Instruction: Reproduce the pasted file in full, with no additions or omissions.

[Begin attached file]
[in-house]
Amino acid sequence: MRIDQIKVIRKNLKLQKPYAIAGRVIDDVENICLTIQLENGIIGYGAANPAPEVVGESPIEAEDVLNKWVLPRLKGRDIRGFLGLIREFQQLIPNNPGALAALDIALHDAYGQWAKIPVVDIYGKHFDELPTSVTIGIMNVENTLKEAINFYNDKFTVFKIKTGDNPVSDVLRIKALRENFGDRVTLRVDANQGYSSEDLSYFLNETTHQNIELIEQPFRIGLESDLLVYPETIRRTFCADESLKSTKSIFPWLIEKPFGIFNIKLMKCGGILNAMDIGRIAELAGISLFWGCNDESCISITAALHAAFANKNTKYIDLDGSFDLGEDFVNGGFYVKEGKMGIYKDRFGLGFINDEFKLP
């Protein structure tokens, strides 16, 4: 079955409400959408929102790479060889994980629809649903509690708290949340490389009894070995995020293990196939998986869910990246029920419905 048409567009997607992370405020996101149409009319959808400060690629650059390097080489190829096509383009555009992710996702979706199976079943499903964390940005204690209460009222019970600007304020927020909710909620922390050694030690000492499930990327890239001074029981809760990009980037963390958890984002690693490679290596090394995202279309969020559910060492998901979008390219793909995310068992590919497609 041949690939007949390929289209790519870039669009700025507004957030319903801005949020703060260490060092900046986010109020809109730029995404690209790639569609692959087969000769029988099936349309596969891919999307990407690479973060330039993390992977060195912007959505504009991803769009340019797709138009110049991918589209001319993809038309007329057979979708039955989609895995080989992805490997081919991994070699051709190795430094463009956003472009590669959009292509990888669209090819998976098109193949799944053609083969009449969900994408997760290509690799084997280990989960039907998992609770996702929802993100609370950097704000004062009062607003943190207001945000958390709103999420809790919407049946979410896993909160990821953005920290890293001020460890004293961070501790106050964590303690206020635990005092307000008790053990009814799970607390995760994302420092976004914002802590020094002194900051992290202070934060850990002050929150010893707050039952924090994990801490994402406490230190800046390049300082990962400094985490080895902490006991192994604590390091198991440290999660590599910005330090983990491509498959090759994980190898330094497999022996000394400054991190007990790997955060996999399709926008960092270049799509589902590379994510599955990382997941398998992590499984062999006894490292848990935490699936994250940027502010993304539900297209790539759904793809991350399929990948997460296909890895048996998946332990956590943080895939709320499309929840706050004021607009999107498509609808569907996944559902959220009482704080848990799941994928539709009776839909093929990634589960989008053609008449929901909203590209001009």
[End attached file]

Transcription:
[in-house]
Amino acid sequence: MRIDQIKVIRKNLKLQKPYAIAGRVIDDVENICLTIQLENGIIGYGAANPAPEVVGESPIEAEDVLNKWVLPRLKGRDIRGFLGLIREFQQLIPNNPGALAALDIALHDAYGQWAKIPVVDIYGKHFDELPTSVTIGIMNVENTLKEAINFYNDKFTVFKIKTGDNPVSDVLRIKALRENFGDRVTLRVDANQGYSSEDLSYFLNETTHQNIELIEQPFRIGLESDLLVYPETIRRTFCADESLKSTKSIFPWLIEKPFGIFNIKLMKCGGILNAMDIGRIAELAGISLFWGCNDESCISITAALHAAFANKNTKYIDLDGSFDLGEDFVNGGFYVKEGKMGIYKDRFGLGFINDEFKLP
């Protein structure tokens, strides 16, 4: 079955409400959408929102790479060889994980629809649903509690708290949340490389009894070995995020293990196939998986869910990246029920419905 048409567009997607992370405020996101149409009319959808400060690629650059390097080489190829096509383009555009992710996702979706199976079943499903964390940005204690209460009222019970600007304020927020909710909620922390050694030690000492499930990327890239001074029981809760990009980037963390958890984002690693490679290596090394995202279309969020559910060492998901979008390219793909995310068992590919497609 041949690939007949390929289209790519870039669009700025507004957030319903801005949020703060260490060092900046986010109020809109730029995404690209790639569609692959087969000769029988099936349309596969891919999307990407690479973060330039993390992977060195912007959505504009991803769009340019797709138009110049991918589209001319993809038309007329057979979708039955989609895995080989992805490997081919991994070699051709190795430094463009956003472009590669959009292509990888669209090819998976098109193949799944053609083969009449969900994408997760290509690799084997280990989960039907998992609770996702929802993100609370950097704000004062009062607003943190207001945000958390709103999420809790919407049946979410896993909160990821953005920290890293001020460890004293961070501790106050964590303690206020635990005092307000008790053990009814799970607390995760994302420092976004914002802590020094002194900051992290202070934060850990002050929150010893707050039952924090994990801490994402406490230190800046390049300082990962400094985490080895902490006991192994604590390091198991440290999660590599910005330090983990491509498959090759994980190898330094497999022996000394400054991190007990790997955060996999399709926008960092270049799509589902590379994510599955990382997941398998992590499984062999006894490292848990935490699936994250940027502010993304539900297209790539759904793809991350399929990948997460296909890895048996998946332990956590943080895939709320499309929840706050004021607009999107498509609808569907996944559902959220009482704080848990799941994928539709009776839909093929990634589960989008053609008449929901909203590209001009």